I am quite sure it’s a rayon ponte knit because of the beautiful drape of the fabric. And it doesn’t have a synthetic feel to it.

In the photos the ponte comes across as a deep blue but that is just the lighting in the pictures. It is in fact a medium navy blue.

I had to make up the pattern for this dress myself, as I didn’t really have anything similar in my pattern stash. So trial and error it was again until I thought it looked ok! The dress is a slight A line, so it wasn’t rocket science.

I guessed the length of the ties by studying photos of the original on the internet and in magazines and made them a bit longer just in case. Cutting off is easier than regretting and redoing…

The original Chloe dress has a plunging V in the front and back, which was not for me and my bra shapes! So I cut it to a more modest and wearable depth.

The only real issue I had with this dress was the top stitching, which I did with white top stitching thread. The ponte knit was just too thick to top stitch through well and tidily in the shoulder area. Double layers of fabric were fine, but four layers were just too much. The tension was constantly wrong and I had to undo lots of it and start again and again until it was satisfactory at least. Such a pain!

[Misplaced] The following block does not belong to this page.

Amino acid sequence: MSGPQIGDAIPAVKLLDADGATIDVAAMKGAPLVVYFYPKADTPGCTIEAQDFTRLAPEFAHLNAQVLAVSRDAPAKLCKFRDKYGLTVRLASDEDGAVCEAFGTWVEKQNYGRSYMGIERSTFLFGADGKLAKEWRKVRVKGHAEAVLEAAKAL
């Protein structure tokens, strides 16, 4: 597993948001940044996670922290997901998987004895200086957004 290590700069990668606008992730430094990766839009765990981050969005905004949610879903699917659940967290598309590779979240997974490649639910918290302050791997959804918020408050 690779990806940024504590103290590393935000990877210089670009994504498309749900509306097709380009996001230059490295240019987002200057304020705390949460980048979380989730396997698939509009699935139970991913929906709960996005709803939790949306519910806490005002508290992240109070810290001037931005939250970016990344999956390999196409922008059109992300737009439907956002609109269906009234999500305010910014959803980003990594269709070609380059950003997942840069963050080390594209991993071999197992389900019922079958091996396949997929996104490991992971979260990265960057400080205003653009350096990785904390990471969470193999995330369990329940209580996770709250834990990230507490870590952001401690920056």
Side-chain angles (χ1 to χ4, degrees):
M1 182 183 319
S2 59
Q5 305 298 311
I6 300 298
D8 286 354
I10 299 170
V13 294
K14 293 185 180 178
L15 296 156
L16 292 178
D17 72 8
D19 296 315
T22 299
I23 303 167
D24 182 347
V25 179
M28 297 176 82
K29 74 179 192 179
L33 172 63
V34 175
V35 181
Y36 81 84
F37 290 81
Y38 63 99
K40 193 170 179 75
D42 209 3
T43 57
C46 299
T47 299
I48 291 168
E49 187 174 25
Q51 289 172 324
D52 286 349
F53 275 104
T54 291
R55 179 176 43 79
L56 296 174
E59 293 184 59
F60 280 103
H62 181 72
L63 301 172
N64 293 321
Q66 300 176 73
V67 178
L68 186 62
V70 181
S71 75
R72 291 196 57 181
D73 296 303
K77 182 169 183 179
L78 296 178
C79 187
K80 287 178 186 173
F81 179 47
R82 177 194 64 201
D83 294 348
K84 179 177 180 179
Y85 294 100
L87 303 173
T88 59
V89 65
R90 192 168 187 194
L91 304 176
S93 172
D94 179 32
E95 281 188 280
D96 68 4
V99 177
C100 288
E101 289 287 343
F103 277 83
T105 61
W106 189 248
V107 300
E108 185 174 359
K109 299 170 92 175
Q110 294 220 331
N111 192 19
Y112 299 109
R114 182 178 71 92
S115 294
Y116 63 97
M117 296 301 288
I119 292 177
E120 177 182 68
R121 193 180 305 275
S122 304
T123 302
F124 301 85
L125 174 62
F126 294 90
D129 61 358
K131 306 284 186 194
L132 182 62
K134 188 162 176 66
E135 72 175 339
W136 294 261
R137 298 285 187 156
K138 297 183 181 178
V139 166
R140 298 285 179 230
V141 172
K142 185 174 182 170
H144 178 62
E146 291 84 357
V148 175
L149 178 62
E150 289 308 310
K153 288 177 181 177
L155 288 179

I am not super proud of the result, but I think I can get away with it.

We took the photos of my Chloe dress at Mt Buffalo, while holidaying in beautiful Bright, Victoria. It’s autumn in the Southern Hemisphere and the temperature at Mt Buffalo’s Torpedo Rock (almost at the peak) was a cool 9 degrees Celsius, while down below in town it was 22 degrees! Straight back into the jeans and warm gear after the photos!

Keep sewing and until next time!

STYLING: sunglasses – Carlina Square by Chloe, shoes – Zara, ring – Apart Fashion

LOCATION: Torpedo Rock, Mt Buffalo, Victoria